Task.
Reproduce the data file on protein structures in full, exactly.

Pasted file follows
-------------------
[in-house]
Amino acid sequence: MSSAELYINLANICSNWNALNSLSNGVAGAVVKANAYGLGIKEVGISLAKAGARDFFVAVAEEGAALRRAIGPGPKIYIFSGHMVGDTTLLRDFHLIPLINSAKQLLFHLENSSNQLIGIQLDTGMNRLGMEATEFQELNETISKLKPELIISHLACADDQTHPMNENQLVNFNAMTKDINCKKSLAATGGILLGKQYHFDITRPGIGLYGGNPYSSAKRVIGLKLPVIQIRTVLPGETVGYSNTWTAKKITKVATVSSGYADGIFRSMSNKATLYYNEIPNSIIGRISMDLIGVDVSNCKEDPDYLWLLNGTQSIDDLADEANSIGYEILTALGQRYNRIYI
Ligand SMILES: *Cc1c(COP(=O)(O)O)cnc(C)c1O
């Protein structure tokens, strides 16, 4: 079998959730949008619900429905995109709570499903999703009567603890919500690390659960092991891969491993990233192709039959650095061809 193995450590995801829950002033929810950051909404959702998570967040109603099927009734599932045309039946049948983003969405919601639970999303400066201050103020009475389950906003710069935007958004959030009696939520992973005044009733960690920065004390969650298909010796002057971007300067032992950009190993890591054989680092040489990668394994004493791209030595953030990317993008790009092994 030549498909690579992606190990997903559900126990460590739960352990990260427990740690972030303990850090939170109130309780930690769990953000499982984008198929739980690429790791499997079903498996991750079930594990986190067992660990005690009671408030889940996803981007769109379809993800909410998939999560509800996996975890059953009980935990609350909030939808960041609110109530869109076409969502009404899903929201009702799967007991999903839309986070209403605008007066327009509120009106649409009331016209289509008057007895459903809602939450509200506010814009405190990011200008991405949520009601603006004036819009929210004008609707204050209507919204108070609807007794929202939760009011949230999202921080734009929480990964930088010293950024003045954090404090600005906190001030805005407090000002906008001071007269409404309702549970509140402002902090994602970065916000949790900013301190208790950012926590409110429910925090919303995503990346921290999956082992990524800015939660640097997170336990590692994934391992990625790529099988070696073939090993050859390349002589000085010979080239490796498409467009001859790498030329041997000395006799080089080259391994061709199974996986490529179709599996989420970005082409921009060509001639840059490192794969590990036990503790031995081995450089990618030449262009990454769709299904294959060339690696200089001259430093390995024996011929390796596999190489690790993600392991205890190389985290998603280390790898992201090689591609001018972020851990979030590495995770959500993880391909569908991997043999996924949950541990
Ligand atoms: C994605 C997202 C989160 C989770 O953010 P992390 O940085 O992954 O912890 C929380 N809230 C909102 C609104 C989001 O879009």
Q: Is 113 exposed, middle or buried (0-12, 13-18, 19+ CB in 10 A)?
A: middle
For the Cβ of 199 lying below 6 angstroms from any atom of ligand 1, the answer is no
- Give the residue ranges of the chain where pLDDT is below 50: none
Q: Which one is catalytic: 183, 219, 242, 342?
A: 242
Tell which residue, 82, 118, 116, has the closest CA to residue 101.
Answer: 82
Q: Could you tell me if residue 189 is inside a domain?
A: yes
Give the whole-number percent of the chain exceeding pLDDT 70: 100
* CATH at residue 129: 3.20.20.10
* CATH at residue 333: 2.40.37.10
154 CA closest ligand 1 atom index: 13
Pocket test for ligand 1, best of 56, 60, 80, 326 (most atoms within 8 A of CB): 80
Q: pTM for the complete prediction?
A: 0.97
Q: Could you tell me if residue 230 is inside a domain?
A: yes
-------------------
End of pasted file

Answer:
[in-house]
Amino acid sequence: MSSAELYINLANICSNWNALNSLSNGVAGAVVKANAYGLGIKEVGISLAKAGARDFFVAVAEEGAALRRAIGPGPKIYIFSGHMVGDTTLLRDFHLIPLINSAKQLLFHLENSSNQLIGIQLDTGMNRLGMEATEFQELNETISKLKPELIISHLACADDQTHPMNENQLVNFNAMTKDINCKKSLAATGGILLGKQYHFDITRPGIGLYGGNPYSSAKRVIGLKLPVIQIRTVLPGETVGYSNTWTAKKITKVATVSSGYADGIFRSMSNKATLYYNEIPNSIIGRISMDLIGVDVSNCKEDPDYLWLLNGTQSIDDLADEANSIGYEILTALGQRYNRIYI
Ligand SMILES: *Cc1c(COP(=O)(O)O)cnc(C)c1O
């Protein structure tokens, strides 16, 4: 079998959730949008619900429905995109709570499903999703009567603890919500690390659960092991891969491993990233192709039959650095061809 193995450590995801829950002033929810950051909404959702998570967040109603099927009734599932045309039946049948983003969405919601639970999303400066201050103020009475389950906003710069935007958004959030009696939520992973005044009733960690920065004390969650298909010796002057971007300067032992950009190993890591054989680092040489990668394994004493791209030595953030990317993008790009092994 030549498909690579992606190990997903559900126990460590739960352990990260427990740690972030303990850090939170109130309780930690769990953000499982984008198929739980690429790791499997079903498996991750079930594990986190067992660990005690009671408030889940996803981007769109379809993800909410998939999560509800996996975890059953009980935990609350909030939808960041609110109530869109076409969502009404899903929201009702799967007991999903839309986070209403605008007066327009509120009106649409009331016209289509008057007895459903809602939450509200506010814009405190990011200008991405949520009601603006004036819009929210004008609707204050209507919204108070609807007794929202939760009011949230999202921080734009929480990964930088010293950024003045954090404090600005906190001030805005407090000002906008001071007269409404309702549970509140402002902090994602970065916000949790900013301190208790950012926590409110429910925090919303995503990346921290999956082992990524800015939660640097997170336990590692994934391992990625790529099988070696073939090993050859390349002589000085010979080239490796498409467009001859790498030329041997000395006799080089080259391994061709199974996986490529179709599996989420970005082409921009060509001639840059490192794969590990036990503790031995081995450089990618030449262009990454769709299904294959060339690696200089001259430093390995024996011929390796596999190489690790993600392991205890190389985290998603280390790898992201090689591609001018972020851990979030590495995770959500993880391909569908991997043999996924949950541990
Ligand atoms: C994605 C997202 C989160 C989770 O953010 P992390 O940085 O992954 O912890 C929380 N809230 C909102 C609104 C989001 O879009």
Q: Is 113 exposed, middle or buried (0-12, 13-18, 19+ CB in 10 A)?
A: middle
For the Cβ of 199 lying below 6 angstroms from any atom of ligand 1, the answer is no
- Give the residue ranges of the chain where pLDDT is below 50: none
Q: Which one is catalytic: 183, 219, 242, 342?
A: 242
Tell which residue, 82, 118, 116, has the closest CA to residue 101.
Answer: 82
Q: Could you tell me if residue 189 is inside a domain?
A: yes
Give the whole-number percent of the chain exceeding pLDDT 70: 100
* CATH at residue 129: 3.20.20.10
* CATH at residue 333: 2.40.37.10
154 CA closest ligand 1 atom index: 13
Pocket test for ligand 1, best of 56, 60, 80, 326 (most atoms within 8 A of CB): 80
Q: pTM for the complete prediction?
A: 0.97
Q: Could you tell me if residue 230 is inside a domain?
A: yes